It’s All True

original artist unknown, reprinted by Business Insider


“Don’t write about crazy people if you want to say something true.”

That’s what my creative writing professor told me 38 years ago after I had turned in some Southern Gothic, A Rose for Emily-esque short story, and he was totally right. He was right because it’s next to impossible for a non-crazy person to truly get inside the head of a crazy person, and even if you can it’s even more impossible to relate those motivations to an audience of non-crazy people. Unless you’re William Faulkner – and I am not William Faulkner – it becomes a Cartoon exercise, like a comic book portrayal of a villain, a depiction of an interpretation, a non-crazy lens on what crazy IS. All of which can be very entertaining, like Hannibal Lecter or The Joker, but isn’t TRUE.


So that was my first thought about Justin Mohn, the 32-year-old in Levittown, Pennsylvania who murdered his father, cut off his head, and made a YouTube video showing off his trophy and saying he did it because his father, who worked for the US Army Corps of Engineers, was part of the “Biden regime” and was a “traitor to his country”.

Don’t write about a crazy person.


My second thought was after reading some tweets about all this from dependable lefties like Josh Marshall (who I like, btw), writing about Mohn’s “political motivation” here and how this was the real story.

No, no, no. This is a terrible story about a crazy person, and it just as easily could have been the other side’s politics or any other ideology that made him snap. There is no political motivation here!


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Comments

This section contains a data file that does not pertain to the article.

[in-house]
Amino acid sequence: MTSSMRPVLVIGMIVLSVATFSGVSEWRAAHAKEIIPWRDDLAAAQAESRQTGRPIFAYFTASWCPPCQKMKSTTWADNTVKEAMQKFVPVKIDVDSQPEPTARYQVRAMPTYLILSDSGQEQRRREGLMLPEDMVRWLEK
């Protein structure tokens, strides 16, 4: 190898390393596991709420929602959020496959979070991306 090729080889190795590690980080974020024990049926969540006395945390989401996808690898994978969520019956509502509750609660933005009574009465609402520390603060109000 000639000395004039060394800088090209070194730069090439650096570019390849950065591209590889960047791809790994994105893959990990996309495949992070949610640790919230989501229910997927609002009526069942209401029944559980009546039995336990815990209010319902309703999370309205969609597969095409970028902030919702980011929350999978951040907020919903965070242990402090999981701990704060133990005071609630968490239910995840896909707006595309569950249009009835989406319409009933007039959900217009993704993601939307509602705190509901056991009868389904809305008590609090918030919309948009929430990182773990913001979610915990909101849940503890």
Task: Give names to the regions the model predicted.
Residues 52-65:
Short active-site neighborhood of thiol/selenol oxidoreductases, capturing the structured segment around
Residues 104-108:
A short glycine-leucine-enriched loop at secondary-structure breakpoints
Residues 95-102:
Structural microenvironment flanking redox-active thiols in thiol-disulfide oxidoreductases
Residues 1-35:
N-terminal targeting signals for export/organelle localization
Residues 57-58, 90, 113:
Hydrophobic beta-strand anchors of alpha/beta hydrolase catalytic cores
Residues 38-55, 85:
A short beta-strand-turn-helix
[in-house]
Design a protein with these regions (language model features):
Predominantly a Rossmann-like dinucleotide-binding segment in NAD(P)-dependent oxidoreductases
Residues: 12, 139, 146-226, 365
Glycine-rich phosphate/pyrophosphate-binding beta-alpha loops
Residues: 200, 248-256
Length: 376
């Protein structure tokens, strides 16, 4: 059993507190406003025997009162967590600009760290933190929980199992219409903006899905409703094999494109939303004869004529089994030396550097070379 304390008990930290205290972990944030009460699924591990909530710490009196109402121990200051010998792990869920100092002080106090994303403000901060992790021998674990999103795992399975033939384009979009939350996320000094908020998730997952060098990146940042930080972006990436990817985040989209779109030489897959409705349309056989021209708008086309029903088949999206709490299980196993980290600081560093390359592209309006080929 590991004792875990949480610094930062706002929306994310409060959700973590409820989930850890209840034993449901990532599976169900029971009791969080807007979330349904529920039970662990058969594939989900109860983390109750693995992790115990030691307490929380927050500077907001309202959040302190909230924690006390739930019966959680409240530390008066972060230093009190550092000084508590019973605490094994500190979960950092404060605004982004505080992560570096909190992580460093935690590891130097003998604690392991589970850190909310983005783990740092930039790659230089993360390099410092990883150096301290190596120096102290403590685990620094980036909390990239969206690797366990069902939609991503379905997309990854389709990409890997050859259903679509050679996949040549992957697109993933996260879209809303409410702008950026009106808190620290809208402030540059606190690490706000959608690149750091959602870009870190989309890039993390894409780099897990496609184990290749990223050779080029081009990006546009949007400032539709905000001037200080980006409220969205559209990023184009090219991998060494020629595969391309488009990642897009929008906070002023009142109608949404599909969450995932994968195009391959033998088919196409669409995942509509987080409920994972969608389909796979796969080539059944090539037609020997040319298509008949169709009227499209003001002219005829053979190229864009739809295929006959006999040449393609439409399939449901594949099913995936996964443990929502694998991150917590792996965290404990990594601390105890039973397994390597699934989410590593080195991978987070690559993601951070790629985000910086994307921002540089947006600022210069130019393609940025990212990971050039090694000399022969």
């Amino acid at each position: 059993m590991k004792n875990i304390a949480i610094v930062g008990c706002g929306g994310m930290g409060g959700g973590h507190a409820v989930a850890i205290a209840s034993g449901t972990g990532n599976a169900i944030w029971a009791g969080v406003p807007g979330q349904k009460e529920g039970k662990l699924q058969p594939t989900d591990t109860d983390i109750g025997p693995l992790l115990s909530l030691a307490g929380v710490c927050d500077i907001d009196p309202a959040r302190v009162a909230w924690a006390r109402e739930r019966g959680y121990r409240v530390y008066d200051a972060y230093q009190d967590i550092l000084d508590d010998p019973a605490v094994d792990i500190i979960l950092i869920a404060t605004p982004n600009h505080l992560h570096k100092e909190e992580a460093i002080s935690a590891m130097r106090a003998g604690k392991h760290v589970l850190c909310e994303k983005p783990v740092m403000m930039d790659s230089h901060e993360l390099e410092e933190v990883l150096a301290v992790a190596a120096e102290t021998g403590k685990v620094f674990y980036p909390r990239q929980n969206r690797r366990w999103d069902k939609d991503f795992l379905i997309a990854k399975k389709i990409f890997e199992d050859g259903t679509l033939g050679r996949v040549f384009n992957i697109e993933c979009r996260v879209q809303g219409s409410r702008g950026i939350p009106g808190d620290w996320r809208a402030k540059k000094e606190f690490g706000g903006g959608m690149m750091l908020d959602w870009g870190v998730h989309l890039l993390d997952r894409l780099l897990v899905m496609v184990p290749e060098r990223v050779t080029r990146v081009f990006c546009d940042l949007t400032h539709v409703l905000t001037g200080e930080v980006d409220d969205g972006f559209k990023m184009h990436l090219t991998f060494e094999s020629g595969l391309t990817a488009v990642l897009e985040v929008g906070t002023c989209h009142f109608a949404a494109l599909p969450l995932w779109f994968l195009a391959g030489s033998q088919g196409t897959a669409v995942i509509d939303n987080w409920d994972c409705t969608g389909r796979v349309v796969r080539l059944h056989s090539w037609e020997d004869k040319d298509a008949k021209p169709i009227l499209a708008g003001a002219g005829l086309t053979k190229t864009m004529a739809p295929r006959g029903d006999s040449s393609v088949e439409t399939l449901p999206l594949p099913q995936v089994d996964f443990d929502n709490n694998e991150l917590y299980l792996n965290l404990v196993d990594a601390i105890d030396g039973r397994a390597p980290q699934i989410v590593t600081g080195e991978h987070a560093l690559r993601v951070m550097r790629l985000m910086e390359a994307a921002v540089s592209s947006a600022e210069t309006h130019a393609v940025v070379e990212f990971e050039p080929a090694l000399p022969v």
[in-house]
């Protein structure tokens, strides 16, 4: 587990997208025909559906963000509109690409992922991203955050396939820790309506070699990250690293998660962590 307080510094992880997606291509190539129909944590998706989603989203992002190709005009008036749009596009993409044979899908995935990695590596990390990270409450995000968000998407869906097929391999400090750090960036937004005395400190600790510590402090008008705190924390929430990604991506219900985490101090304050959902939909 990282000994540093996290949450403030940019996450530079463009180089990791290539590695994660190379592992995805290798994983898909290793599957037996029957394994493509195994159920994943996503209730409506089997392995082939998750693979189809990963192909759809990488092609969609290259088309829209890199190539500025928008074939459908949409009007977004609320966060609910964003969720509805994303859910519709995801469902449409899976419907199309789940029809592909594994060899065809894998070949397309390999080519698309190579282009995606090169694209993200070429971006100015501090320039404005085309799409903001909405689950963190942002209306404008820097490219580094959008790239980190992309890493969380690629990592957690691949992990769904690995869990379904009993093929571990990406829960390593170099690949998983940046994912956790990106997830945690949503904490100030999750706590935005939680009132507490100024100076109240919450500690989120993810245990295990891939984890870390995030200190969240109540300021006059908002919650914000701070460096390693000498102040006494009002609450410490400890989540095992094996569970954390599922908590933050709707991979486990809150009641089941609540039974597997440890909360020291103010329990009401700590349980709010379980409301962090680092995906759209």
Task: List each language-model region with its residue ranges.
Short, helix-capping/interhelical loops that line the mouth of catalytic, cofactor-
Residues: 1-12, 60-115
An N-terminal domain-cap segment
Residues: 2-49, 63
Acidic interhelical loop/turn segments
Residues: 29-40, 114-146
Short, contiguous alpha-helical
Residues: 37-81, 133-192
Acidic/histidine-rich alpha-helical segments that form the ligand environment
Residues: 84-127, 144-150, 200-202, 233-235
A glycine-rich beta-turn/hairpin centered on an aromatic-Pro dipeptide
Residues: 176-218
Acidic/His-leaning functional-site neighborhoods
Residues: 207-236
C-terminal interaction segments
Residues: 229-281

1. …but maybe in 50 years my children will remember this lesson like I remember my father’s. And that would be a reward beyond measure.

    This. It cuts so deep.

    I’m reminded of that Andrew Garfield movie where he’s a medic soldier in WWII and he saves all of those lives. Foolish? Yes. Heroic? Yes. It’s all true.

    Do we have less room for fun these days? I just can’t get over the old notion that building wider lane highways actually increases traffic.

    See you all at Office Hours! :heart:

  2. Once we began looking at people on the other side of the political spectrum as “evil” instead of misguided, these things were going to start to happen.

    I repeat myself more and more these days but this clip really shows our transformation as a society. Watch the respect these two men give one another! How the conversation stays focused on the facts. Nobody is questioning the others motives etc.

    Fast forward to now:

    It’s good to take a step back, maybe we are… Nevermind,I was going to post a clip of Dean Phillips talking to people standing in line for Trump rally here and later commenting on what warm friendly people they were, but it seems those clips, which I know I saw a week or so ago, have been scrubbed off of all Google searches.

    That speaks volumes about how we have gotten here!!!

  3. There is a characteristic of Ben’s (and other Pack members) that is worth taking note. He (they) strategize solutions to a problem by asking “what can I do” and not by identifying what other should do. Highly focused on the controllable while acknowledging the uncontrollable. It’s a personality trait I’ve become more sensitive to (and am working to master) as my kids get older. This is b/c I’ve realized that as a parent my job isn’t to solve their problems but to help them build tools so they may independently solve their own problems.